Wage Formation between Newly Hired Workers and Employers: Survey Evidence
AbstractSome workers bargain with prospective employers before accepting a job. Others could bargain, but find it undesirable, because their right to bargain has induced a sufficiently favorable offer, which they accept. Yet others perceive that they cannot bargain over pay; they regard the posted wage as a take-it-or-leave-it opportunity. Theories of wage formation point to substantial differences in labor-market equilibrium between bargained and posted wages. The fraction of workers hired away from existing jobs is another key determinant of equilibrium, because a worker with an existing job has a better outside option in bargaining than does an unemployed worker. Our survey measures the incidences of wage posting, bargaining, and on-the-job search. We find that about a third of workers had precise information about pay when they first met with their employers, a sign of wage posting. We find that another third bargained over pay before accepting their current jobs. And about 40 percent of workers could have remained on their earlier jobs at the time they accepted their current jobs.
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Bibliographic InfoPaper provided by Princeton University, Department of Economics, Industrial Relations Section. in its series Working Papers with number 1095.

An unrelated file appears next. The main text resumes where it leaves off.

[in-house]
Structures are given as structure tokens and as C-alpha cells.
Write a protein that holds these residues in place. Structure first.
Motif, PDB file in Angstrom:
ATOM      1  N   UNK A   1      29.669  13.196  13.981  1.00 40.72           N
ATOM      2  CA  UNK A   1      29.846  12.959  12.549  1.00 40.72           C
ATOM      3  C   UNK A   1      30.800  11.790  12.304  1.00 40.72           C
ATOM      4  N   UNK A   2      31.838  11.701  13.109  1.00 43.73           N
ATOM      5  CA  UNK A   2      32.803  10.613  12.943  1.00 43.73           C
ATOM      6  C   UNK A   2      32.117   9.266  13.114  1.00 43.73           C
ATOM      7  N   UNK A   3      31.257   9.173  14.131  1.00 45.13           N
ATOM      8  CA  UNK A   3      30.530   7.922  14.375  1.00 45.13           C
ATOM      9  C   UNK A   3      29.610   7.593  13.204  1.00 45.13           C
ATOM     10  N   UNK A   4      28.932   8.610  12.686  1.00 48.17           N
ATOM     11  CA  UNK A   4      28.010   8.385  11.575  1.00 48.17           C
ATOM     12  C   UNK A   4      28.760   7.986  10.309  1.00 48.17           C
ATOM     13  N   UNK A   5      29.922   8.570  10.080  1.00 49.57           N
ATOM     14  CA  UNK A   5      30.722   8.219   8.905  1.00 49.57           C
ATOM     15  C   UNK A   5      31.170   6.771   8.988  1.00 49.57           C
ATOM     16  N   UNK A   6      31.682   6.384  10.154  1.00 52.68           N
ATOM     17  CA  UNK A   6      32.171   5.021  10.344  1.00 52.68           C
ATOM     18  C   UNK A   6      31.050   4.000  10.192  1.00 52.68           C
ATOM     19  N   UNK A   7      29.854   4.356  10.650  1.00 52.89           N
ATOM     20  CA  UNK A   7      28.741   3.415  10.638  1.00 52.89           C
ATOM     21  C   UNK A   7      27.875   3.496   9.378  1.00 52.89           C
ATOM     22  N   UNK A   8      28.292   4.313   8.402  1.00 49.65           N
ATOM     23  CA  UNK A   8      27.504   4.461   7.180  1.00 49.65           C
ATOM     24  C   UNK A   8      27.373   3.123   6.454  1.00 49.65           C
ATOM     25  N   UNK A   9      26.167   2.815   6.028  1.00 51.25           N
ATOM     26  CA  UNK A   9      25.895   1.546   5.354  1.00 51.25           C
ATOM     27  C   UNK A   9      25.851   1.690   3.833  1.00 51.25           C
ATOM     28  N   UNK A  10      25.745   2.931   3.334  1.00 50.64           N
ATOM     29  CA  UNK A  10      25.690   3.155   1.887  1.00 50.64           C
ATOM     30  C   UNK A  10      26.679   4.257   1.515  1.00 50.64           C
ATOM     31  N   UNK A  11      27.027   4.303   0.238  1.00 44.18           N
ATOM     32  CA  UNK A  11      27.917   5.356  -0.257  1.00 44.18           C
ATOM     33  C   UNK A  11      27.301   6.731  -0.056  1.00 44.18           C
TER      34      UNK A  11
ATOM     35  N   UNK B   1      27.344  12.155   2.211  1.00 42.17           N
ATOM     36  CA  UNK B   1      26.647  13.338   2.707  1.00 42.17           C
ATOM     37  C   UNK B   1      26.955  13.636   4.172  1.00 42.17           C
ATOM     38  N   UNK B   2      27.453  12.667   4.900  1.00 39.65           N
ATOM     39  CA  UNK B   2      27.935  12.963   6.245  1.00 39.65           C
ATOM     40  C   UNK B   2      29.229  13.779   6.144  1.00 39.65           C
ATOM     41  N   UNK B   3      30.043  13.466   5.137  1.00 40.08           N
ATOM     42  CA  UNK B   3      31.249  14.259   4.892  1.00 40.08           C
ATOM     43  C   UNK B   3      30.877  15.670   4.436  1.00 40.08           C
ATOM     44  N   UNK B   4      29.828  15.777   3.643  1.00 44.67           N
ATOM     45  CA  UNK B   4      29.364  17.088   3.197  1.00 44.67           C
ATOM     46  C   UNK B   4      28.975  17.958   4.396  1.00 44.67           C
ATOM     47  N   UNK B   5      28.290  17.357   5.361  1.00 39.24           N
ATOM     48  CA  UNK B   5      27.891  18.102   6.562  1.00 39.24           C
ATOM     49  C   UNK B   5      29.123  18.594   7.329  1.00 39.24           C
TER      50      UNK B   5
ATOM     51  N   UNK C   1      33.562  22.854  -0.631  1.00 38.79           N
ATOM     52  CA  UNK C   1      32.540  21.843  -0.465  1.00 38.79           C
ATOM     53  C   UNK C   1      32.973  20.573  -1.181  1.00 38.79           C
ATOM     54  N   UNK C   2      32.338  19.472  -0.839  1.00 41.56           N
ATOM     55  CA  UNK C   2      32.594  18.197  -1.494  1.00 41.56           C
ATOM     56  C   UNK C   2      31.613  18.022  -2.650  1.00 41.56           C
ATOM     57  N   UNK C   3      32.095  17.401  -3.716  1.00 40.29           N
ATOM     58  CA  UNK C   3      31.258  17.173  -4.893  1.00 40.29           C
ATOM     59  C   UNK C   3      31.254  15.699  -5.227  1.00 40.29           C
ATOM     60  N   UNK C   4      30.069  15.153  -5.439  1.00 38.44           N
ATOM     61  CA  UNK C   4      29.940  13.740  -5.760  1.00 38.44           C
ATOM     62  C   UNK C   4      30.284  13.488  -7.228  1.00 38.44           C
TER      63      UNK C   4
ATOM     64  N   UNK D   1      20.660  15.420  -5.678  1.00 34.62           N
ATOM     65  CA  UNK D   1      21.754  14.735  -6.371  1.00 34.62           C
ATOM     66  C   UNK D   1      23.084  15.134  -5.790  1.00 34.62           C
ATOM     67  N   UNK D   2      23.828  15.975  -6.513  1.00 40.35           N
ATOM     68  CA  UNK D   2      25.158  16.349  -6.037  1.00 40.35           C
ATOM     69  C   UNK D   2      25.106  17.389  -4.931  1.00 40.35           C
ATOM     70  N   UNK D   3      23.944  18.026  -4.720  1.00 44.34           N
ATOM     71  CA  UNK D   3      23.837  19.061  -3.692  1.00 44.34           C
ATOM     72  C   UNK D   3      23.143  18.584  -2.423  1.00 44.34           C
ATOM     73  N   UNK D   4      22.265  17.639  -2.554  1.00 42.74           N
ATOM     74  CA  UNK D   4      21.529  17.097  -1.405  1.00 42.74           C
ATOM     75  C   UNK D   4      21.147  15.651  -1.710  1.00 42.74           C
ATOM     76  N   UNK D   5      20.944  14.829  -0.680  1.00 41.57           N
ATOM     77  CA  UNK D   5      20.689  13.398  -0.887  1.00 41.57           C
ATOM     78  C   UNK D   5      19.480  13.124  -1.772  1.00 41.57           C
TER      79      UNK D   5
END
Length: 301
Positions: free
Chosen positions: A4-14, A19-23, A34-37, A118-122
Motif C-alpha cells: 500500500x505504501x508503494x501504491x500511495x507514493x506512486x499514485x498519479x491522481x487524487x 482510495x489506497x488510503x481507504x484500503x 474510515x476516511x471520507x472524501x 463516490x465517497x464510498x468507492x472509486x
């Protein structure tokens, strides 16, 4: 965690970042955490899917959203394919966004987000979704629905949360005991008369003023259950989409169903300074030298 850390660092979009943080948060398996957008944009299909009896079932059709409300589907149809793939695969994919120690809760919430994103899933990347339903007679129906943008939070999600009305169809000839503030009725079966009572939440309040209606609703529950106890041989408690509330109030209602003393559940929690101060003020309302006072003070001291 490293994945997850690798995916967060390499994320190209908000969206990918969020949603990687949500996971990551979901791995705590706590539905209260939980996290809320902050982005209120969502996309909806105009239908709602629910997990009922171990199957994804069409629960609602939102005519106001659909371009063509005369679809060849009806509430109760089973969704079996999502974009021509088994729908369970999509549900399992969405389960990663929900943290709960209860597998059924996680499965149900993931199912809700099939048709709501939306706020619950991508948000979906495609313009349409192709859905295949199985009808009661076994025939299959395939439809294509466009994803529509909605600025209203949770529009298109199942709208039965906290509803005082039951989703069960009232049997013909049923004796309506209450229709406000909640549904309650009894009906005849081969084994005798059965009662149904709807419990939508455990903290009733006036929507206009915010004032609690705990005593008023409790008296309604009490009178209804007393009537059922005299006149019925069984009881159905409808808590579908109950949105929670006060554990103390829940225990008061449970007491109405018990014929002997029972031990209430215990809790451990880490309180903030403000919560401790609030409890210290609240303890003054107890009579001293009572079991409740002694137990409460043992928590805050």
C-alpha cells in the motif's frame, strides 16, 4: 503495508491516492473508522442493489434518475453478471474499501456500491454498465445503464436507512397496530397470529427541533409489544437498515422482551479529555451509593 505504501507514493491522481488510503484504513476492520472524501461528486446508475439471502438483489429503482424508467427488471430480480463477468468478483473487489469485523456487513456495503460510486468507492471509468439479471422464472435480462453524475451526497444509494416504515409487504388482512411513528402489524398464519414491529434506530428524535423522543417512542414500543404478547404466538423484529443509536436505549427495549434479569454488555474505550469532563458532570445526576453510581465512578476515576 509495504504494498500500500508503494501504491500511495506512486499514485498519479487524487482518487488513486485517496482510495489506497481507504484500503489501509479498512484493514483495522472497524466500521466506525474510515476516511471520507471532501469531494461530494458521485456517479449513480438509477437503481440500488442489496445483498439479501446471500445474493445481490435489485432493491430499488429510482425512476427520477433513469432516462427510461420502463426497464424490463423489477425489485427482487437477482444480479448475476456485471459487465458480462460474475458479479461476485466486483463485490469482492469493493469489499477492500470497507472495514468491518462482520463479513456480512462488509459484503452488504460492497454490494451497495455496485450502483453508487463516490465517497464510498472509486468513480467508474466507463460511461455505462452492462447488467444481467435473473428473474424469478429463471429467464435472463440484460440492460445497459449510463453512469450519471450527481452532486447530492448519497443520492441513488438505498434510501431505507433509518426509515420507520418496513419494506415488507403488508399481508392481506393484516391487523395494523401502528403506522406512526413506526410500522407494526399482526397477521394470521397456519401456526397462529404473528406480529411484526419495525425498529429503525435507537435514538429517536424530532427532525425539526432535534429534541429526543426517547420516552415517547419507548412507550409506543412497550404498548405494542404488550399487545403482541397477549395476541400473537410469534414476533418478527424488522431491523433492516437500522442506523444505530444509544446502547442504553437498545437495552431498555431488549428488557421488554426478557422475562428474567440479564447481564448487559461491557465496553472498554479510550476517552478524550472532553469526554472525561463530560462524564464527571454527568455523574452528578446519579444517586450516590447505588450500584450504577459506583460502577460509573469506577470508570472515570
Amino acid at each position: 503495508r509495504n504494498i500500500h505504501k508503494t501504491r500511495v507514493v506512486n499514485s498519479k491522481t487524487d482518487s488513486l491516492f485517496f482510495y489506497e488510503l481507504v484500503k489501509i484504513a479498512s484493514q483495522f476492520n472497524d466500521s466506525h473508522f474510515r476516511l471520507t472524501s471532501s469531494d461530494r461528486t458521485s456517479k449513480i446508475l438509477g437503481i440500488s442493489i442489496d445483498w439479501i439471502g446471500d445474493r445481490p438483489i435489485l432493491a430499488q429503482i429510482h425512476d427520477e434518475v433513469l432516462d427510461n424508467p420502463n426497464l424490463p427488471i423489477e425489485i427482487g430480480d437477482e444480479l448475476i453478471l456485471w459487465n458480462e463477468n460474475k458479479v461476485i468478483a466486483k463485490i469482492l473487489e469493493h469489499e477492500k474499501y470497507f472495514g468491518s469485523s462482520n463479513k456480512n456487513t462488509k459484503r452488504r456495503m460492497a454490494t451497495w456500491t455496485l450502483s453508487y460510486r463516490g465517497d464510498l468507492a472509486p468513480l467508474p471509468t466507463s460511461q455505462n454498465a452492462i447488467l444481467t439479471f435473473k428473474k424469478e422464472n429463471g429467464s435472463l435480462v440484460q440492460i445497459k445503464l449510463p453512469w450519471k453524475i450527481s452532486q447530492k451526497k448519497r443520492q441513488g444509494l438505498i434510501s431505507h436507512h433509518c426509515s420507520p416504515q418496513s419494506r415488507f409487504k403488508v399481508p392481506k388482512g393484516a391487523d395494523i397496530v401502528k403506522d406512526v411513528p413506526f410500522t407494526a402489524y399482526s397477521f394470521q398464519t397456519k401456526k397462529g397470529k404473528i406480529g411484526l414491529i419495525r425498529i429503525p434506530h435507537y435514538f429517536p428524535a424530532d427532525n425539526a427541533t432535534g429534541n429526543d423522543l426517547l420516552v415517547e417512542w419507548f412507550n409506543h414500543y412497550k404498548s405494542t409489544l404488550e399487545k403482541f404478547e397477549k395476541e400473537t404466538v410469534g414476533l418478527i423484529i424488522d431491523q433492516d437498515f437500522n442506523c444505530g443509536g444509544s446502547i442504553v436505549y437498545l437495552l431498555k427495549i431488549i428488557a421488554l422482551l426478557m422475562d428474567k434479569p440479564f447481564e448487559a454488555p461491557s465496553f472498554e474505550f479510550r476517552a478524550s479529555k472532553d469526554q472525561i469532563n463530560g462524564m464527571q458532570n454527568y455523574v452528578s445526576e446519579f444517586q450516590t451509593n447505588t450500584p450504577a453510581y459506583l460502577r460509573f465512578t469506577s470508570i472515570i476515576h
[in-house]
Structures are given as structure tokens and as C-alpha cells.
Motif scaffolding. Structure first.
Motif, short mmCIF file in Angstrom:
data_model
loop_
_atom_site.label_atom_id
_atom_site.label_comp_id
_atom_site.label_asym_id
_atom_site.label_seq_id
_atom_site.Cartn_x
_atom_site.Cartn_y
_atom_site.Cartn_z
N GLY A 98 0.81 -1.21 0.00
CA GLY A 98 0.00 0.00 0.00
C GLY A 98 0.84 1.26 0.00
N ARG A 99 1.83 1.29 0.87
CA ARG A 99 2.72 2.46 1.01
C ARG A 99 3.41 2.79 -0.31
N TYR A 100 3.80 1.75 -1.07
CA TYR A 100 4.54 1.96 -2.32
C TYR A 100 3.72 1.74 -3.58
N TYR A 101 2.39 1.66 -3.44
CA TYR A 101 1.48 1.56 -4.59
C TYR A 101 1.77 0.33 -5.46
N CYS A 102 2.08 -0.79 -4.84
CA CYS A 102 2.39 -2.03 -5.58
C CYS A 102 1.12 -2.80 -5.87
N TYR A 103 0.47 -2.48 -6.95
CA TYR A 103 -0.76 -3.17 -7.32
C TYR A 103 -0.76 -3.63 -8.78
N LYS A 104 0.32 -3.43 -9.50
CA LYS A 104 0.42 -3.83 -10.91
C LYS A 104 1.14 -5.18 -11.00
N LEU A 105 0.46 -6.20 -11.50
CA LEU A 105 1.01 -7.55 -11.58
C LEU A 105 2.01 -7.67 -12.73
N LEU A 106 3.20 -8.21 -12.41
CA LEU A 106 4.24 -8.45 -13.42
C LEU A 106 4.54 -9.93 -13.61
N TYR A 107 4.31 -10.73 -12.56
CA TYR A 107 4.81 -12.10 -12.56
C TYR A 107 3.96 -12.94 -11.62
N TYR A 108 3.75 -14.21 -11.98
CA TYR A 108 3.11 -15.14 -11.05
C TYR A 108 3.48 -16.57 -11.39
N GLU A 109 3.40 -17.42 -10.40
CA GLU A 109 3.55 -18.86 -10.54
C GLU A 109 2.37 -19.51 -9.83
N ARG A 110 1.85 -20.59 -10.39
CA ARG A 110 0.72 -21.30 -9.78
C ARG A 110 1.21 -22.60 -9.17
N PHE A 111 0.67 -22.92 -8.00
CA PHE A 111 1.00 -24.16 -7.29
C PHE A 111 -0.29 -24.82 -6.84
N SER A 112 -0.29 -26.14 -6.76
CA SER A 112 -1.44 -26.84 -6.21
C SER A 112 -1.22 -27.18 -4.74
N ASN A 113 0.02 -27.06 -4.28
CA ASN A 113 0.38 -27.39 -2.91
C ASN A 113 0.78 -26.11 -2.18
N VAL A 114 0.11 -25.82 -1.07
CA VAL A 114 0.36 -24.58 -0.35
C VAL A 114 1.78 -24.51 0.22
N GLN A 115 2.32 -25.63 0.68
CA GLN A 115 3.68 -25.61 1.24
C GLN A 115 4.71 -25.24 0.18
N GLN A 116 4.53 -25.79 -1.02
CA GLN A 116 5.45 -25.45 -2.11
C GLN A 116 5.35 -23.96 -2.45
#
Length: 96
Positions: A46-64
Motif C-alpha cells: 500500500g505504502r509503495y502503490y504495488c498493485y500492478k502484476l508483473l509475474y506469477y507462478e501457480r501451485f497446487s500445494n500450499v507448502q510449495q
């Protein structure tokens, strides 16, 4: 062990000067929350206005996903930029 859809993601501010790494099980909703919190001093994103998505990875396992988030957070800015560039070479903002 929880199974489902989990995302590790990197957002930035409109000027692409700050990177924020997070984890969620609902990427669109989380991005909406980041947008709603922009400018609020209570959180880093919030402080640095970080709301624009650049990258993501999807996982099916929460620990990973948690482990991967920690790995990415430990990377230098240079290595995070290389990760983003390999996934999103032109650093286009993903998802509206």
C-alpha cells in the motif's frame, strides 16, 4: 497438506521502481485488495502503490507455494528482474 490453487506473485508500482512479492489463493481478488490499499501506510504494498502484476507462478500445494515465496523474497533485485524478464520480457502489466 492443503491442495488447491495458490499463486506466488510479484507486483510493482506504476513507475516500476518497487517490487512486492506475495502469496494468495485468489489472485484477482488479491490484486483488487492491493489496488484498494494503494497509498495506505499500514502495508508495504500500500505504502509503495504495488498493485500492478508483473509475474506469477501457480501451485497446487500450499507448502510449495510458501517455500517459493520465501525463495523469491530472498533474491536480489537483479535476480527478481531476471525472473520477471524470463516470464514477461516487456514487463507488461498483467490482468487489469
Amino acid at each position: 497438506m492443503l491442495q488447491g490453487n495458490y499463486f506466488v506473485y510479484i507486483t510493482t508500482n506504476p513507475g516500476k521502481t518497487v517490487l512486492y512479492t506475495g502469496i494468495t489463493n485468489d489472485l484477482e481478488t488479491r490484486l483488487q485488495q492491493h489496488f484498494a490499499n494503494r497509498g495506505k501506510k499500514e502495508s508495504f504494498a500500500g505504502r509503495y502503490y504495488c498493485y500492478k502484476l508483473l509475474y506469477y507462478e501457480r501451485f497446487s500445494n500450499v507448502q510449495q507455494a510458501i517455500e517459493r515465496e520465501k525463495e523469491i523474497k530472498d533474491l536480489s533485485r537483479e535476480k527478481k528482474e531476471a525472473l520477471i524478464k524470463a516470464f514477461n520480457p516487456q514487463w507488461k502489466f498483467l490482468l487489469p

Date of creation: Sep 2008
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Other versions of this item:
- Robert E. Hall & Alan B. Krueger, 2008. "Wage Formation between Newly Hired Workers and Employers: Survey Evidence," NBER Working Papers 14329, National Bureau of Economic Research, Inc.
- Hall, Robert & Krueger, Alan B., 2008. "Wage Formation between Newly Hired Workers and Employers: Survey Evidence," IZA Discussion Papers 3775, Institute for the Study of Labor (IZA).
- E24 - Macroeconomics and Monetary Economics - - Consumption, Saving, Production, Employment, and Investment - - - Employment; Unemployment; Wages; Intergenerational Income Distribution
- J3 - Labor and Demographic Economics - - Wages, Compensation, and Labor Costs
- J64 - Labor and Demographic Economics - - Mobility, Unemployment, Vacancies, and Immigrant Workers - - - Unemployment: Models, Duration, Incidence, and Job Search
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